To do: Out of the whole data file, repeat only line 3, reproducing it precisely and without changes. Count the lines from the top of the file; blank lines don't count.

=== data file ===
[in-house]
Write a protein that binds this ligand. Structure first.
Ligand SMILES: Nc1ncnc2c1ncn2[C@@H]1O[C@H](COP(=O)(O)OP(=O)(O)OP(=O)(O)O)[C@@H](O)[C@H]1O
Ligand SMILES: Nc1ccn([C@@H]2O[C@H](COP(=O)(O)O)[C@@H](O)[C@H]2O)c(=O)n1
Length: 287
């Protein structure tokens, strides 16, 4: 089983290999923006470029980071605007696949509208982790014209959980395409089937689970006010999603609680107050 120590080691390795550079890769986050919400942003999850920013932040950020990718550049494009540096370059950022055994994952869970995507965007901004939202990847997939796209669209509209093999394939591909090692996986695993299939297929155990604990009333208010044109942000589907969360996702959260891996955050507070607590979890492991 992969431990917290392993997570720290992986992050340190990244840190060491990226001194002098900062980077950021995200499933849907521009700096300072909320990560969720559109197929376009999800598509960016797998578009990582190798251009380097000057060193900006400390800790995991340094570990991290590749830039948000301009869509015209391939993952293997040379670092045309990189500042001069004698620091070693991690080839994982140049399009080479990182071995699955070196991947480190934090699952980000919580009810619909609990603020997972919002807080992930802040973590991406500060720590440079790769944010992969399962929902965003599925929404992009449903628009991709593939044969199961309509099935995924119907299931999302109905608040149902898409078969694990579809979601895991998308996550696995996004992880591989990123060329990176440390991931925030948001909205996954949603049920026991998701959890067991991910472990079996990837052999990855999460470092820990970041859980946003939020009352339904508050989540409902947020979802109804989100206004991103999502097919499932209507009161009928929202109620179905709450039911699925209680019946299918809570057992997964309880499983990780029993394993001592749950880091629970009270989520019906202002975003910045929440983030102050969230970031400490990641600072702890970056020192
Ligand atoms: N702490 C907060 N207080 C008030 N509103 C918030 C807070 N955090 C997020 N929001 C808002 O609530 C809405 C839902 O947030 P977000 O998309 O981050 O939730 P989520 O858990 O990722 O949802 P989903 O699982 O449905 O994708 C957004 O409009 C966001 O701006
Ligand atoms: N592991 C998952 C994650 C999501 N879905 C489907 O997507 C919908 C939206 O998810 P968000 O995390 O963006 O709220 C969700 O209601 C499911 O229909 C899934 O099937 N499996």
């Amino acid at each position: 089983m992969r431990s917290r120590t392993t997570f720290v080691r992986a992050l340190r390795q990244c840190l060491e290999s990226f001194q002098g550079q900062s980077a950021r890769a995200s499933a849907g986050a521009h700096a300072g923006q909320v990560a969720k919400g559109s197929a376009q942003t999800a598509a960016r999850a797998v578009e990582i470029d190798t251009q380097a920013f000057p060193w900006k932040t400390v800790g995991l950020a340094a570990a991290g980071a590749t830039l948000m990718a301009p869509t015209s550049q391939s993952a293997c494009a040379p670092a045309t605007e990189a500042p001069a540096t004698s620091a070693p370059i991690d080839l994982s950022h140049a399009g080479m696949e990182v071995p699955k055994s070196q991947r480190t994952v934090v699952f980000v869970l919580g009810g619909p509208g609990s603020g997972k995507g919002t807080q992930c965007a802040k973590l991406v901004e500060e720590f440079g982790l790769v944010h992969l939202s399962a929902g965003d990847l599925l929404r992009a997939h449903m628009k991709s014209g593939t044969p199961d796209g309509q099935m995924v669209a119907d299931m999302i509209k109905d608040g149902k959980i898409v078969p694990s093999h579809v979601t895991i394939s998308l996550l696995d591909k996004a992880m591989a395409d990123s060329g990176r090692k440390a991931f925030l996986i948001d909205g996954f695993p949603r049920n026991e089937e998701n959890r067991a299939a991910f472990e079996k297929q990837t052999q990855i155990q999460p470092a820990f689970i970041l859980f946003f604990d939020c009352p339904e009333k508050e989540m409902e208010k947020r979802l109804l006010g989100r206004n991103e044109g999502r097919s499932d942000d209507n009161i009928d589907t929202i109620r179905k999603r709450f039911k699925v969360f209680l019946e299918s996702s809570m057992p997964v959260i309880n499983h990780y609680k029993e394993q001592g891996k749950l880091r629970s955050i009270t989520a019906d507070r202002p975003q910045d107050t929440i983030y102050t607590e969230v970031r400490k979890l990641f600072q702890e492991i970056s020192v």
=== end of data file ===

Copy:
Ligand SMILES: Nc1ncnc2c1ncn2[C@@H]1O[C@H](COP(=O)(O)OP(=O)(O)OP(=O)(O)O)[C@@H](O)[C@H]1O